A group of researchers led by Andrea Cavalleri at the Max Planck Institute for Structure and Dynamics of Matter (MPSD) in Hamburg has demonstrated a new method enabling precise measurements of the interatomic forces that hold crystalline solids together. The paper Probing the Interatomic Potential of Solids by Strong-Field Nonlinear Phononics, published online in Nature, explains how a terahertz-frequency laser pulse can drive very large deformations of the crystal.

By measuring the highly unusual atomic trajectories under extreme electromagnetic transients, the MPSD group could reconstruct how rigid the atomic bonds are...

Im Focus: Developing reliable quantum computers

International research team makes important step on the path to solving certification problems

Quantum computers may one day solve algorithmic problems which even the biggest supercomputers today can’t manage. But how do you test a quantum computer to...

Im Focus: In best circles: First integrated circuit from self-assembled polymer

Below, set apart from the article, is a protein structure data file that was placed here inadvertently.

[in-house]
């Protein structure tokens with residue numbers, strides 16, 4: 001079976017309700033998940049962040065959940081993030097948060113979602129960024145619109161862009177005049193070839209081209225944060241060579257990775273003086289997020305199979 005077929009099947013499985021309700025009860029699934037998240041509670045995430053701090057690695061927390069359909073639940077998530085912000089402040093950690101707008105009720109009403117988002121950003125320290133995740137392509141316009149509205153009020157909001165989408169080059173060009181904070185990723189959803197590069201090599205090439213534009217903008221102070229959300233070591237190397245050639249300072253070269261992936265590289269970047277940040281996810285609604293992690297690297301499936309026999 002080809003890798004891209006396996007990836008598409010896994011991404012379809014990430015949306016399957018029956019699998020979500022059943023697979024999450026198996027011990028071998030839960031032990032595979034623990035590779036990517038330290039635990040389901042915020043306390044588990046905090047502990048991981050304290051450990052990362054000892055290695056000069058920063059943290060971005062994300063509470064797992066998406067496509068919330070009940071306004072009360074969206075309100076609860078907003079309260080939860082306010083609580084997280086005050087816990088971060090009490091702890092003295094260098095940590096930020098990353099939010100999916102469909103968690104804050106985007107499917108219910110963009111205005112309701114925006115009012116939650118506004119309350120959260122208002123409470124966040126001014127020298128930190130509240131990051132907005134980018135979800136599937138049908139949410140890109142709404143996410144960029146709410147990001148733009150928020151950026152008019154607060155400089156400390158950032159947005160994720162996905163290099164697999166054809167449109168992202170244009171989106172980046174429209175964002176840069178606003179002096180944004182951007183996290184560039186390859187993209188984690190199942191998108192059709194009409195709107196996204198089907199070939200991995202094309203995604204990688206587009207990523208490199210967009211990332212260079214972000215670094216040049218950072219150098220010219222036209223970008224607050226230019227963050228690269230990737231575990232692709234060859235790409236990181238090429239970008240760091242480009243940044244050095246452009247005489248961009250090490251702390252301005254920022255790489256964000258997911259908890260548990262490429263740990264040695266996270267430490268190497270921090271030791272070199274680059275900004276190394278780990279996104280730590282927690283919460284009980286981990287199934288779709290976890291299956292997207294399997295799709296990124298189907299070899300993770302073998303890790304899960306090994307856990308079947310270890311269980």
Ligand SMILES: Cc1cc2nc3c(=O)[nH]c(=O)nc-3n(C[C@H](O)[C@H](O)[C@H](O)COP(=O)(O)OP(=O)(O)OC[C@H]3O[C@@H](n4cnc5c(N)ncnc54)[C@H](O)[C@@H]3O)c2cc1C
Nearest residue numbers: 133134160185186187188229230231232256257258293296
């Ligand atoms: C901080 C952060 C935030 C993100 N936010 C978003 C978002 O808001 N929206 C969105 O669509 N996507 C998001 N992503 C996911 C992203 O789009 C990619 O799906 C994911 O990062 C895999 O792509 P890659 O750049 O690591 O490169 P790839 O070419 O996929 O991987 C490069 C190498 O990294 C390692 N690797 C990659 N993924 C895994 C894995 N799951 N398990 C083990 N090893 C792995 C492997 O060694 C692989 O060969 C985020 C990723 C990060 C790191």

For the first time, a team of researchers at the Max-Planck Institute (MPI) for Polymer Research in Mainz, Germany, has succeeded in making an integrated circuit (IC) from just a monolayer of a semiconducting polymer via a bottom-up, self-assembly approach.

In the self-assembly process, the semiconducting polymer arranges itself into an ordered monolayer in a transistor. The transistors are binary switches used...

Im Focus: Demonstration of a single molecule piezoelectric effect

Breakthrough provides a new concept of the design of molecular motors, sensors and electricity generators at nanoscale

Researchers from the Institute of Organic Chemistry and Biochemistry of the CAS (IOCB Prague), Institute of Physics of the CAS (IP CAS) and Palacký University...

All Focus news of the innovation-report >>>

Anzeige

Anzeige

VideoLinks
Industry & Economy
Event News

2nd International Conference on High Temperature Shape Memory Alloys (HTSMAs)

15.02.2018 | Event News

Aachen DC Grid Summit 2018

13.02.2018 | Event News

How Global Climate Policy Can Learn from the Energy Transition

12.02.2018 | Event News

 
Latest News

Basque researchers turn light upside down

23.02.2018 | Physics and Astronomy

Finnish research group discovers a new immune system regulator

23.02.2018 | Health and Medicine

Attoseconds break into atomic interior

23.02.2018 | Physics and Astronomy

VideoLinks
Science & Research
Overview of more VideoLinks >>>